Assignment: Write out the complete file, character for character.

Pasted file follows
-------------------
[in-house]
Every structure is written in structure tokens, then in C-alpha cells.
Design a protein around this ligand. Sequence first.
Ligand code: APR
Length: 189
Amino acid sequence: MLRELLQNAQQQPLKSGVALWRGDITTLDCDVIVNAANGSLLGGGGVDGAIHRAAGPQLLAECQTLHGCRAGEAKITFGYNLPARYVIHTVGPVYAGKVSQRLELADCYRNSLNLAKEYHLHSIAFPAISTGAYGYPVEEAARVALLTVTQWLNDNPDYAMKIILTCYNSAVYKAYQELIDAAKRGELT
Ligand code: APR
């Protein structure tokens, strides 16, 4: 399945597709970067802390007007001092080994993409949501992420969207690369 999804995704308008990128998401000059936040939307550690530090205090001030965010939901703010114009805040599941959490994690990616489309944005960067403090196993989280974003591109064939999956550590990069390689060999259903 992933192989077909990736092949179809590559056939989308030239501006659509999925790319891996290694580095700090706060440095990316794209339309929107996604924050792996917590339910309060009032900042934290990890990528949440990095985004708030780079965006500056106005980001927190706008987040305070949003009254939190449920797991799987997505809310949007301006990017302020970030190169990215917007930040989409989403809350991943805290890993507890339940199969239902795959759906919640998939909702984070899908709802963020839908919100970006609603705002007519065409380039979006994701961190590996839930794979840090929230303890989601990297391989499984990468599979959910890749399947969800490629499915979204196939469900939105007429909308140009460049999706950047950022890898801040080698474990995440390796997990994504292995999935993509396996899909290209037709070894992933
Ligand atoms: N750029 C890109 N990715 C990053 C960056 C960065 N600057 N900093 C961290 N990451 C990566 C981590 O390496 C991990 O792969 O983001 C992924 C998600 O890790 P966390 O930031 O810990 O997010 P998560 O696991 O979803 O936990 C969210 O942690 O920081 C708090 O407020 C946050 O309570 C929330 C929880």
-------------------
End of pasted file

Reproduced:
[in-house]
Every structure is written in structure tokens, then in C-alpha cells.
Design a protein around this ligand. Sequence first.
Ligand code: APR
Length: 189
Amino acid sequence: MLRELLQNAQQQPLKSGVALWRGDITTLDCDVIVNAANGSLLGGGGVDGAIHRAAGPQLLAECQTLHGCRAGEAKITFGYNLPARYVIHTVGPVYAGKVSQRLELADCYRNSLNLAKEYHLHSIAFPAISTGAYGYPVEEAARVALLTVTQWLNDNPDYAMKIILTCYNSAVYKAYQELIDAAKRGELT
Ligand code: APR
């Protein structure tokens, strides 16, 4: 399945597709970067802390007007001092080994993409949501992420969207690369 999804995704308008990128998401000059936040939307550690530090205090001030965010939901703010114009805040599941959490994690990616489309944005960067403090196993989280974003591109064939999956550590990069390689060999259903 992933192989077909990736092949179809590559056939989308030239501006659509999925790319891996290694580095700090706060440095990316794209339309929107996604924050792996917590339910309060009032900042934290990890990528949440990095985004708030780079965006500056106005980001927190706008987040305070949003009254939190449920797991799987997505809310949007301006990017302020970030190169990215917007930040989409989403809350991943805290890993507890339940199969239902795959759906919640998939909702984070899908709802963020839908919100970006609603705002007519065409380039979006994701961190590996839930794979840090929230303890989601990297391989499984990468599979959910890749399947969800490629499915979204196939469900939105007429909308140009460049999706950047950022890898801040080698474990995440390796997990994504292995999935993509396996899909290209037709070894992933
Ligand atoms: N750029 C890109 N990715 C990053 C960056 C960065 N600057 N900093 C961290 N990451 C990566 C981590 O390496 C991990 O792969 O983001 C992924 C998600 O890790 P966390 O930031 O810990 O997010 P998560 O696991 O979803 O936990 C969210 O942690 O920081 C708090 O407020 C946050 O309570 C929330 C929880």